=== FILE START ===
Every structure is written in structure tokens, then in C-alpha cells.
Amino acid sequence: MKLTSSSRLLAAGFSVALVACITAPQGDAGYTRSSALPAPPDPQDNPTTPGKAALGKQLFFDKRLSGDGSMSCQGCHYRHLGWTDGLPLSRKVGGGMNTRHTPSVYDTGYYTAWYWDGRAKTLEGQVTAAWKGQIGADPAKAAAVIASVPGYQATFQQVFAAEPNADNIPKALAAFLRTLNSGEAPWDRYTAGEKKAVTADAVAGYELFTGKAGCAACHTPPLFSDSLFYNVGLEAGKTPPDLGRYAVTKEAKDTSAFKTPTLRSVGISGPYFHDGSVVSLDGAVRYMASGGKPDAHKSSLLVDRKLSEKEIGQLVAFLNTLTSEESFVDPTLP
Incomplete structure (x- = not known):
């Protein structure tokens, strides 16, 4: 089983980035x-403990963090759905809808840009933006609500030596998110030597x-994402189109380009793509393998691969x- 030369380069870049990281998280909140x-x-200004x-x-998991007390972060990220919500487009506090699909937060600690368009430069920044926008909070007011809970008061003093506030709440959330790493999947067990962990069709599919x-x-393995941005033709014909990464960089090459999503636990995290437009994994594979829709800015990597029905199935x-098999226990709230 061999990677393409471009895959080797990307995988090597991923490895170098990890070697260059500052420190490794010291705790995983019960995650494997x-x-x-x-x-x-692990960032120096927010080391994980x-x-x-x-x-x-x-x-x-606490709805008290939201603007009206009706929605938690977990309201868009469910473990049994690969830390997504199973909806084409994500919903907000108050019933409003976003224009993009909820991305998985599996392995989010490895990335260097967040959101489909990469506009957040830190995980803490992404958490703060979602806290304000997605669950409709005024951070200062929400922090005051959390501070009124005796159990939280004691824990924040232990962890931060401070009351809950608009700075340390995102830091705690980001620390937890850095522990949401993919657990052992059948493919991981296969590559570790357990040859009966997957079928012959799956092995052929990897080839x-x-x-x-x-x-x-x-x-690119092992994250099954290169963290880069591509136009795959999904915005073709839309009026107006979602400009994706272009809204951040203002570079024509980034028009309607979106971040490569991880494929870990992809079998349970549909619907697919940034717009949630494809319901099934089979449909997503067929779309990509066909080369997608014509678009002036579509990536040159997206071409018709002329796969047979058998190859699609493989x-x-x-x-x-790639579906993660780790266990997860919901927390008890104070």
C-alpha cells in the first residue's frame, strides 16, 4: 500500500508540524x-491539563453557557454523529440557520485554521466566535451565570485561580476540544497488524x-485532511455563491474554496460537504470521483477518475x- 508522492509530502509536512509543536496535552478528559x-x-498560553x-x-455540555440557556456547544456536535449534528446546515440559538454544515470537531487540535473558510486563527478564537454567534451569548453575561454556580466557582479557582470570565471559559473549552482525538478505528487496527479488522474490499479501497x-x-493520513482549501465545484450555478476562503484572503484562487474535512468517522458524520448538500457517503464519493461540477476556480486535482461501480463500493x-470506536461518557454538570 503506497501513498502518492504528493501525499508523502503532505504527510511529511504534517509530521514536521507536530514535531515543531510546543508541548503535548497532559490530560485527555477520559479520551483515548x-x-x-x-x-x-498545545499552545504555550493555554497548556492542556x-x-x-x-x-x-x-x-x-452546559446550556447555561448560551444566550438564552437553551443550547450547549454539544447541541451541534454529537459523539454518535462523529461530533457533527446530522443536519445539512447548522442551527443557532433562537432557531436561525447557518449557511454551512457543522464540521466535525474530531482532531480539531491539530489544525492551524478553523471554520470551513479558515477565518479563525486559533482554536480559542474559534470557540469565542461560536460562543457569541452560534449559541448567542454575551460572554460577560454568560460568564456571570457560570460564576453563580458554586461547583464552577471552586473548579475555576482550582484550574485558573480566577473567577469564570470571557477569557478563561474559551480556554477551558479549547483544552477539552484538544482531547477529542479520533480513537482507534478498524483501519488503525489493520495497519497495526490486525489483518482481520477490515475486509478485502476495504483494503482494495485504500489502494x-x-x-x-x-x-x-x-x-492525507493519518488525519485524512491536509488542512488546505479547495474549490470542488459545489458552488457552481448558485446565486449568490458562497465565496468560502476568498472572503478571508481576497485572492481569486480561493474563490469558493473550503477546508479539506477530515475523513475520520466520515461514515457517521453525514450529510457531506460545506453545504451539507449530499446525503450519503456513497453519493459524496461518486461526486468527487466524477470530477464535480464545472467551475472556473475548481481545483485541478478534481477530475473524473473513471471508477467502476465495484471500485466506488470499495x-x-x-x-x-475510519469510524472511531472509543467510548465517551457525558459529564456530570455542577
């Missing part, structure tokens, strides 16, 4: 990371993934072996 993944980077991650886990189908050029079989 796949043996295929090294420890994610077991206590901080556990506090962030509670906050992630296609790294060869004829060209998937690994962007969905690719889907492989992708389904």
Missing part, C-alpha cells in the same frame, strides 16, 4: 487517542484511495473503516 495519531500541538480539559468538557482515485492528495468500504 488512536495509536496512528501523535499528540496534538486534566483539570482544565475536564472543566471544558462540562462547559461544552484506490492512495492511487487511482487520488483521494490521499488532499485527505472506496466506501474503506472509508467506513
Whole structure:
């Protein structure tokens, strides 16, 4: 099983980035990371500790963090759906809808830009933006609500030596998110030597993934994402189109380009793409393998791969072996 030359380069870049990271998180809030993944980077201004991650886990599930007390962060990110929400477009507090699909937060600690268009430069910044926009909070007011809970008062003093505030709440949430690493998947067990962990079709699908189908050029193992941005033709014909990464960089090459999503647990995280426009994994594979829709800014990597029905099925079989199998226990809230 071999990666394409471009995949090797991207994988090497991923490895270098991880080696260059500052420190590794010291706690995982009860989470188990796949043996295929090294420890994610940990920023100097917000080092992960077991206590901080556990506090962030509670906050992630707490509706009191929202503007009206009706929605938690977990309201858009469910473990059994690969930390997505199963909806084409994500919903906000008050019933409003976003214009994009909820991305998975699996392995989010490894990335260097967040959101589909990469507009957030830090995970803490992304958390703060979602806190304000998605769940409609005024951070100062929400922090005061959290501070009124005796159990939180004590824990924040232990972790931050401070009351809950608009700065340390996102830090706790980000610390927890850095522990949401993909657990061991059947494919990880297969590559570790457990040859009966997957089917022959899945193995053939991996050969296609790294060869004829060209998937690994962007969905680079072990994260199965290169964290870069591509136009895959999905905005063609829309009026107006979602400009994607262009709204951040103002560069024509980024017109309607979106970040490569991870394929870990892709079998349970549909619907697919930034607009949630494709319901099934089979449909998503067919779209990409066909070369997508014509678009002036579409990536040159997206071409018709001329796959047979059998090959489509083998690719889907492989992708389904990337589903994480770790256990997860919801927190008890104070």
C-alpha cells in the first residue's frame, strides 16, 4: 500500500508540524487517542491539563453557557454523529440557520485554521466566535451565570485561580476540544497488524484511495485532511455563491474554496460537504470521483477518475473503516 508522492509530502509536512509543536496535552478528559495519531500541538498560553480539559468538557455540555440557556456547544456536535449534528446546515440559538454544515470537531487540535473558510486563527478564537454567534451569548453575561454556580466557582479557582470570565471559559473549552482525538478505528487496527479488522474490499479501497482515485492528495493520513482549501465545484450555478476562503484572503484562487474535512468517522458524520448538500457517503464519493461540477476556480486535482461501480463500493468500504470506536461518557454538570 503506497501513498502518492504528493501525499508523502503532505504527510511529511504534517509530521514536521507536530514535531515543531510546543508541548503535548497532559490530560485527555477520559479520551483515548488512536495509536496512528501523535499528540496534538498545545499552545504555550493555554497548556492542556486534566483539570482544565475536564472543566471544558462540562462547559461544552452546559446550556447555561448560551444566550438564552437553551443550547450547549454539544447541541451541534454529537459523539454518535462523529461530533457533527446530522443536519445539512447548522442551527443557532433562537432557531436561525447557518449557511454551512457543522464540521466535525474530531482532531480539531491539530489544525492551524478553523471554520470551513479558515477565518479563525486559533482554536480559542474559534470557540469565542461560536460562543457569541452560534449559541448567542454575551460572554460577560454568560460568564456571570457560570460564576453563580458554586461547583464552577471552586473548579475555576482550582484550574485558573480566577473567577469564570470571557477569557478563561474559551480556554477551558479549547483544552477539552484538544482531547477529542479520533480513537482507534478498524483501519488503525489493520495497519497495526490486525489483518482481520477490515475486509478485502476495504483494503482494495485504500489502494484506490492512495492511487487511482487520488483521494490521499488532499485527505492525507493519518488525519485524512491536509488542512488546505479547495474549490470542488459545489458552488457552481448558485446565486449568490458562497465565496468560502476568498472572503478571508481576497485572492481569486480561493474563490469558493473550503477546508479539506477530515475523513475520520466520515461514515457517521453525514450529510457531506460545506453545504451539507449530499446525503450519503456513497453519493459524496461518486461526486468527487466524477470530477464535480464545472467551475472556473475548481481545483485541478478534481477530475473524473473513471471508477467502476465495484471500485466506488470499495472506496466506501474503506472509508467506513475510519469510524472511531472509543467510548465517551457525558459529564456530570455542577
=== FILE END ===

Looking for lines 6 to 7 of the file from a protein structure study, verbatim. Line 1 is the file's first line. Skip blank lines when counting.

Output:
């Missing part, structure tokens, strides 16, 4: 990371993934072996 993944980077991650886990189908050029079989 796949043996295929090294420890994610077991206590901080556990506090962030509670906050992630296609790294060869004829060209998937690994962007969905690719889907492989992708389904």
Missing part, C-alpha cells in the same frame, strides 16, 4: 487517542484511495473503516 495519531500541538480539559468538557482515485492528495468500504 488512536495509536496512528501523535499528540496534538486534566483539570482544565475536564472543566471544558462540562462547559461544552484506490492512495492511487487511482487520488483521494490521499488532499485527505472506496466506501474503506472509508467506513